Indel#

Functions#

distance#

rapidfuzz.distance.Indel.distance(s1, s2, *, processor=None, score_cutoff=None)#

Calculates the minimum number of insertions and deletions required to change one sequence into the other. This is equivalent to the Levenshtein distance with a substitution weight of 2.

Parameters:
  • s1 (Sequence[Hashable]) – First string to compare.

  • s2 (Sequence[Hashable]) – Second string to compare.

  • processor (callable, optional) – Optional callable that is used to preprocess the strings before comparing them. Default is None, which deactivates this behaviour.

  • score_cutoff (int, optional) – Maximum distance between s1 and s2, that is considered as a result. If the distance is bigger than score_cutoff, score_cutoff + 1 is returned instead. Default is None, which deactivates this behaviour.

Returns:

distance – distance between s1 and s2

Return type:

int

Examples

Find the Indel distance between two strings:

>>> from rapidfuzz.distance import Indel
>>> Indel.distance("lewenstein", "levenshtein")
3

Setting a maximum distance allows the implementation to select a more efficient implementation:

>>> Indel.distance("lewenstein", "levenshtein", score_cutoff=1)
2

normalized_distance#

rapidfuzz.distance.Indel.normalized_distance(s1, s2, *, processor=None, score_cutoff=None)#

Calculates a normalized levenshtein similarity in the range [1, 0].

This is calculated as distance / (len1 + len2).

Parameters:
  • s1 (Sequence[Hashable]) – First string to compare.

  • s2 (Sequence[Hashable]) – Second string to compare.

  • processor (callable, optional) – Optional callable that is used to preprocess the strings before comparing them. Default is None, which deactivates this behaviour.

  • score_cutoff (float, optional) – Optional argument for a score threshold as a float between 0 and 1.0. For norm_dist > score_cutoff 1.0 is returned instead. Default is 1.0, which deactivates this behaviour.

Returns:

norm_dist – normalized distance between s1 and s2 as a float between 0 and 1.0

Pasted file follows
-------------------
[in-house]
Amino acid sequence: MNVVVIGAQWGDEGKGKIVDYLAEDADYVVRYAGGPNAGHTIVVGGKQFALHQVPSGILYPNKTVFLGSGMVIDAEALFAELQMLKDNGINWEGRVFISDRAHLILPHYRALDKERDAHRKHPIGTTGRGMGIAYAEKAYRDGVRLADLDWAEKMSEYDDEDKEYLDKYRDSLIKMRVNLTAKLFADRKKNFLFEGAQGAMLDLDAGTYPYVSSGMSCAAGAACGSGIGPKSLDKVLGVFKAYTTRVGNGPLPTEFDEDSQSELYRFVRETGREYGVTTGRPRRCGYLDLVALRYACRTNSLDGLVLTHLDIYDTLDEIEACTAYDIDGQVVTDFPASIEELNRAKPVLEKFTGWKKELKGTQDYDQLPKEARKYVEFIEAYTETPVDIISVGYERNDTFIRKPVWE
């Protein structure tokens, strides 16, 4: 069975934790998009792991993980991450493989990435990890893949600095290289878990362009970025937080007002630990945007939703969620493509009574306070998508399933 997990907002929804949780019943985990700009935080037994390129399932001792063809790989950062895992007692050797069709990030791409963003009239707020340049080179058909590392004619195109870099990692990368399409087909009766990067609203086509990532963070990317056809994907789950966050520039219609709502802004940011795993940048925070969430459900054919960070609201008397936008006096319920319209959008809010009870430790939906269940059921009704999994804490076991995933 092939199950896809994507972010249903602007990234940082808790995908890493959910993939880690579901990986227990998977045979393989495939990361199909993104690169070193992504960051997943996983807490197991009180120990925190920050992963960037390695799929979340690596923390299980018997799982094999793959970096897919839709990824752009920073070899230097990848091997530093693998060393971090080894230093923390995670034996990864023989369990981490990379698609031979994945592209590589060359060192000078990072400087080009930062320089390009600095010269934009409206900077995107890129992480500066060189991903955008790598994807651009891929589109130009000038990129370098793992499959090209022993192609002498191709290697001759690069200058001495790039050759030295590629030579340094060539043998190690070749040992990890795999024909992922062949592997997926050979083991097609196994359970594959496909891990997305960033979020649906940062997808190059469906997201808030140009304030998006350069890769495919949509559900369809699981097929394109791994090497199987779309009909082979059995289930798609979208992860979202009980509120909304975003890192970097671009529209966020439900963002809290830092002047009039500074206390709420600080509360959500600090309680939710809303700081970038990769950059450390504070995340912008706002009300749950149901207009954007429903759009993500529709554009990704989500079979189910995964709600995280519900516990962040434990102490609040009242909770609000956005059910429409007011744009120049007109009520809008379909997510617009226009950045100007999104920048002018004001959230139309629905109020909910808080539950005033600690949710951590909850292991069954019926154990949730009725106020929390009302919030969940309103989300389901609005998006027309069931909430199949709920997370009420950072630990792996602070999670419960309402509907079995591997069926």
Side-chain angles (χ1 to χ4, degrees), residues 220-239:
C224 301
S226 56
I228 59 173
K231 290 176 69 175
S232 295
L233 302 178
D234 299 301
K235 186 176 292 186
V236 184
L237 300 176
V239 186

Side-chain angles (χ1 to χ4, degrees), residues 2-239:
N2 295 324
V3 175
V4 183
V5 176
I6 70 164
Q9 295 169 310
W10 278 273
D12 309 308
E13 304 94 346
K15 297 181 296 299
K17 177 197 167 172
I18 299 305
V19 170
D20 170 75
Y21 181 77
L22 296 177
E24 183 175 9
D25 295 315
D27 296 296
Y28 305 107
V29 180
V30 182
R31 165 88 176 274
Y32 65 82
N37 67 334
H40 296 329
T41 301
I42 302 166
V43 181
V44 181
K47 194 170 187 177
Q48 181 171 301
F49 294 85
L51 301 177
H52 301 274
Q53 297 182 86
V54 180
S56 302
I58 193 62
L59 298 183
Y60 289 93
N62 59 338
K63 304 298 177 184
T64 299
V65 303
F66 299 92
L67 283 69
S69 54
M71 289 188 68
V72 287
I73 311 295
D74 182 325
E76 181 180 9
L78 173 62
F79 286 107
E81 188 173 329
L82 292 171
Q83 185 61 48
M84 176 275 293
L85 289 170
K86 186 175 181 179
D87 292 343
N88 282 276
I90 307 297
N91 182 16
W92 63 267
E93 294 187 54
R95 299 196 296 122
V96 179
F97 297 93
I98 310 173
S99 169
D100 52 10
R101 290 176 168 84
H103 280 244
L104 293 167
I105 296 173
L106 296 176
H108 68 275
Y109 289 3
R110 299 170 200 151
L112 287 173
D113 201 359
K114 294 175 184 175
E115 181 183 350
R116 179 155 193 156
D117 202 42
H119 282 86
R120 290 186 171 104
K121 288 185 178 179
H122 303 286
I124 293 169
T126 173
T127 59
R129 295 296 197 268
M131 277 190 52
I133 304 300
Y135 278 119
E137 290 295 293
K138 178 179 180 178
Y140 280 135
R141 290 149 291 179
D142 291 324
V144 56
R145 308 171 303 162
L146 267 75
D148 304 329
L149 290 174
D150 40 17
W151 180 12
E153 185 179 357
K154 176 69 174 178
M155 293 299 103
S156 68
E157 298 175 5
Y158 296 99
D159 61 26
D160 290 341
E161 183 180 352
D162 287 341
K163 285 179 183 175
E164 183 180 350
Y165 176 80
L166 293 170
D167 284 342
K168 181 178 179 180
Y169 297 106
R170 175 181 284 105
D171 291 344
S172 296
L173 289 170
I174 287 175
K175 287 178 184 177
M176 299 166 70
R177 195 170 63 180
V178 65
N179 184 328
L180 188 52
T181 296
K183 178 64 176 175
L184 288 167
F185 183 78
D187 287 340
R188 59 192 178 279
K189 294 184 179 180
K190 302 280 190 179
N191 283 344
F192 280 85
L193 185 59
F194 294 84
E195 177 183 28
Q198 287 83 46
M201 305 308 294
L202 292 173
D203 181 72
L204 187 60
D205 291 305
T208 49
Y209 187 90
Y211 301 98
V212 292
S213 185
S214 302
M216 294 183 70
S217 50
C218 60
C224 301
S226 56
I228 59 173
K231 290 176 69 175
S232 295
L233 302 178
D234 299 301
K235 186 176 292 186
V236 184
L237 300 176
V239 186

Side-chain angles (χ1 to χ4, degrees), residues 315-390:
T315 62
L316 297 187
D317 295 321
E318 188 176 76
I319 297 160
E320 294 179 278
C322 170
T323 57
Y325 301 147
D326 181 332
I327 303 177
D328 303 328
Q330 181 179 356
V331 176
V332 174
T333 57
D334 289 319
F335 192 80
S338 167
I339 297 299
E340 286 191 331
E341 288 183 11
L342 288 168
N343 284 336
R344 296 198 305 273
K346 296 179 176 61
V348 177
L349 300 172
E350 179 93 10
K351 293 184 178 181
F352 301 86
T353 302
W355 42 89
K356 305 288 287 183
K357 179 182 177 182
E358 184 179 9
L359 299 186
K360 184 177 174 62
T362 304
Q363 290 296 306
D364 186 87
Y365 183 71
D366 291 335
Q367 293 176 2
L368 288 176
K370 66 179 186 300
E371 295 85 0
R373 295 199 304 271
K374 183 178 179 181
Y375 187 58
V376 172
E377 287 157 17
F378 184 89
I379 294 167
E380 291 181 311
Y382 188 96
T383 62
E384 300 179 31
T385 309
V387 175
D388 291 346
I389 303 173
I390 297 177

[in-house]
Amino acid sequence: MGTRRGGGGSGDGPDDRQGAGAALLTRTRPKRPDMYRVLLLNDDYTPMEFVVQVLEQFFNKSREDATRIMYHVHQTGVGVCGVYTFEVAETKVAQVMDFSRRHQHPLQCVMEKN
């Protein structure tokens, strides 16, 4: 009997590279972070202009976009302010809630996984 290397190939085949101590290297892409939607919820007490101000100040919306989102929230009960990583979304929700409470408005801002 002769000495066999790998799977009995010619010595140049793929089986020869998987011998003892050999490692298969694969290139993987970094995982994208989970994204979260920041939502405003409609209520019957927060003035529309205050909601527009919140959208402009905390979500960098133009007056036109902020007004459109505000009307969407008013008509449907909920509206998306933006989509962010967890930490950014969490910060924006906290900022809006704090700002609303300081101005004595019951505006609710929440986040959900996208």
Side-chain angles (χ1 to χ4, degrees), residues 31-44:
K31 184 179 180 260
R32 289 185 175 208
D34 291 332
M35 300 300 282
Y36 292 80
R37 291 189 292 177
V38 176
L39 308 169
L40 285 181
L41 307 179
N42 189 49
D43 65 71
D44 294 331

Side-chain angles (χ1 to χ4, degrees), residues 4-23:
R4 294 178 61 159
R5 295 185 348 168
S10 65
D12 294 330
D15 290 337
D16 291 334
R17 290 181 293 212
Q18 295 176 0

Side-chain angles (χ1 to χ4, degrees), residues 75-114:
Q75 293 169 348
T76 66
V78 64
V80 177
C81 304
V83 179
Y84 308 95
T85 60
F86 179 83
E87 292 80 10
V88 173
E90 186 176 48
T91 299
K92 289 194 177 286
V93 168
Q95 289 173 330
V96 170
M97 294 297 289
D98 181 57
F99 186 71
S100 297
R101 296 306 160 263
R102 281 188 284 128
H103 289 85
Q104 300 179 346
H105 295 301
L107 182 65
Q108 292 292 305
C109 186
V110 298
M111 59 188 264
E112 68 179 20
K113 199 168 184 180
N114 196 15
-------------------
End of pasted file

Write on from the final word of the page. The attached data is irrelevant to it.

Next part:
Return type:

float

similarity#

rapidfuzz.distance.Indel.similarity(s1, s2, *, processor=None, score_cutoff=None)#

Calculates the Indel similarity in the range [max, 0].

This is calculated as (len1 + len2) - distance.

Parameters:
  • s1 (Sequence[Hashable]) – First string to compare.

  • s2 (Sequence[Hashable]) – Second string to compare.

  • processor (callable, optional) – Optional callable that is used to preprocess the strings before comparing them. Default is None, which deactivates this behaviour.

  • score_cutoff (int, optional) – Maximum distance between s1 and s2, that is considered as a result. If the similarity is smaller than score_cutoff, 0 is returned instead. Default is None, which deactivates this behaviour.

Returns:

similarity – similarity between s1 and s2

Return type:

int

normalized_similarity#

rapidfuzz.distance.Indel.normalized_similarity(s1, s2, *, processor=None, score_cutoff=None)#

Calculates a normalized indel similarity in the range [0, 1].

This is calculated as 1 - normalized_distance

Parameters:
  • s1 (Sequence[Hashable]) – First string to compare.

  • s2 (Sequence[Hashable]) – Second string to compare.

  • processor (callable, optional) – Optional callable that is used to preprocess the strings before comparing them. Default is None, which deactivates this behaviour.

  • score_cutoff (float, optional) – Optional argument for a score threshold as a float between 0 and 1.0. For norm_sim < score_cutoff 0 is returned instead. Default is 0, which deactivates this behaviour.

Returns:

norm_sim – normalized similarity between s1 and s2 as a float between 0 and 1.0

Return type:

float

Examples

Find the normalized Indel similarity between two strings:

>>> from rapidfuzz.distance import Indel
>>> Indel.normalized_similarity("lewenstein", "levenshtein")
0.85714285714285

Setting a score_cutoff allows the implementation to select a more efficient implementation:

>>> Indel.normalized_similarity("lewenstein", "levenshtein", score_cutoff=0.9)
0.0

When a different processor is used s1 and s2 do not have to be strings

>>> Indel.normalized_similarity(["lewenstein"], ["levenshtein"], processor=lambda s: s[0])
0.8571428571428572

editops#